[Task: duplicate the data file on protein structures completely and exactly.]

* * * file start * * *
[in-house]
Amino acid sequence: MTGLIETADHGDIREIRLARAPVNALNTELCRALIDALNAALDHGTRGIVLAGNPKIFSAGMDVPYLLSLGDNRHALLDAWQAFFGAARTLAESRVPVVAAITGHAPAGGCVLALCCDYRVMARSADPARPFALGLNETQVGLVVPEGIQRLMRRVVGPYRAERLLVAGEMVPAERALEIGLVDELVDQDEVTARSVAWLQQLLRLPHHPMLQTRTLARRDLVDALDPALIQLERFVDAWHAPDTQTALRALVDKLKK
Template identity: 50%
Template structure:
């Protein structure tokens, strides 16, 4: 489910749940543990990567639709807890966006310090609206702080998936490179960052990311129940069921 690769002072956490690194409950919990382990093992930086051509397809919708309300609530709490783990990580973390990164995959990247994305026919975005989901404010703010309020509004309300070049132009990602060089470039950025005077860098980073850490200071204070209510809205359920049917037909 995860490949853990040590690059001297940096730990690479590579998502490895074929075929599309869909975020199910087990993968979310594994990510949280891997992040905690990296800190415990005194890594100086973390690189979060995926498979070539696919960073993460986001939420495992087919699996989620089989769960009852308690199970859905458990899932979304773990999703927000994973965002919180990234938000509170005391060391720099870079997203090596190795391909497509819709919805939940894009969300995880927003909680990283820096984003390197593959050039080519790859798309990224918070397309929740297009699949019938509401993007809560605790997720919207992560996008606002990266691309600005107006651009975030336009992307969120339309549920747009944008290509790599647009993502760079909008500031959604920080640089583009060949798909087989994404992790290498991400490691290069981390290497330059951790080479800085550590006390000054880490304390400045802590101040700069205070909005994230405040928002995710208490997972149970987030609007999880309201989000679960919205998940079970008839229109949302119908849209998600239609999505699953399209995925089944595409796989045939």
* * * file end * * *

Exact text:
[in-house]
Amino acid sequence: MTGLIETADHGDIREIRLARAPVNALNTELCRALIDALNAALDHGTRGIVLAGNPKIFSAGMDVPYLLSLGDNRHALLDAWQAFFGAARTLAESRVPVVAAITGHAPAGGCVLALCCDYRVMARSADPARPFALGLNETQVGLVVPEGIQRLMRRVVGPYRAERLLVAGEMVPAERALEIGLVDELVDQDEVTARSVAWLQQLLRLPHHPMLQTRTLARRDLVDALDPALIQLERFVDAWHAPDTQTALRALVDKLKK
Template identity: 50%
Template structure:
């Protein structure tokens, strides 16, 4: 489910749940543990990567639709807890966006310090609206702080998936490179960052990311129940069921 690769002072956490690194409950919990382990093992930086051509397809919708309300609530709490783990990580973390990164995959990247994305026919975005989901404010703010309020509004309300070049132009990602060089470039950025005077860098980073850490200071204070209510809205359920049917037909 995860490949853990040590690059001297940096730990690479590579998502490895074929075929599309869909975020199910087990993968979310594994990510949280891997992040905690990296800190415990005194890594100086973390690189979060995926498979070539696919960073993460986001939420495992087919699996989620089989769960009852308690199970859905458990899932979304773990999703927000994973965002919180990234938000509170005391060391720099870079997203090596190795391909497509819709919805939940894009969300995880927003909680990283820096984003390197593959050039080519790859798309990224918070397309929740297009699949019938509401993007809560605790997720919207992560996008606002990266691309600005107006651009975030336009992307969120339309549920747009944008290509790599647009993502760079909008500031959604920080640089583009060949798909087989994404992790290498991400490691290069981390290497330059951790080479800085550590006390000054880490304390400045802590101040700069205070909005994230405040928002995710208490997972149970987030609007999880309201989000679960919205998940079970008839229109949302119908849209998600239609999505699953399209995925089944595409796989045939």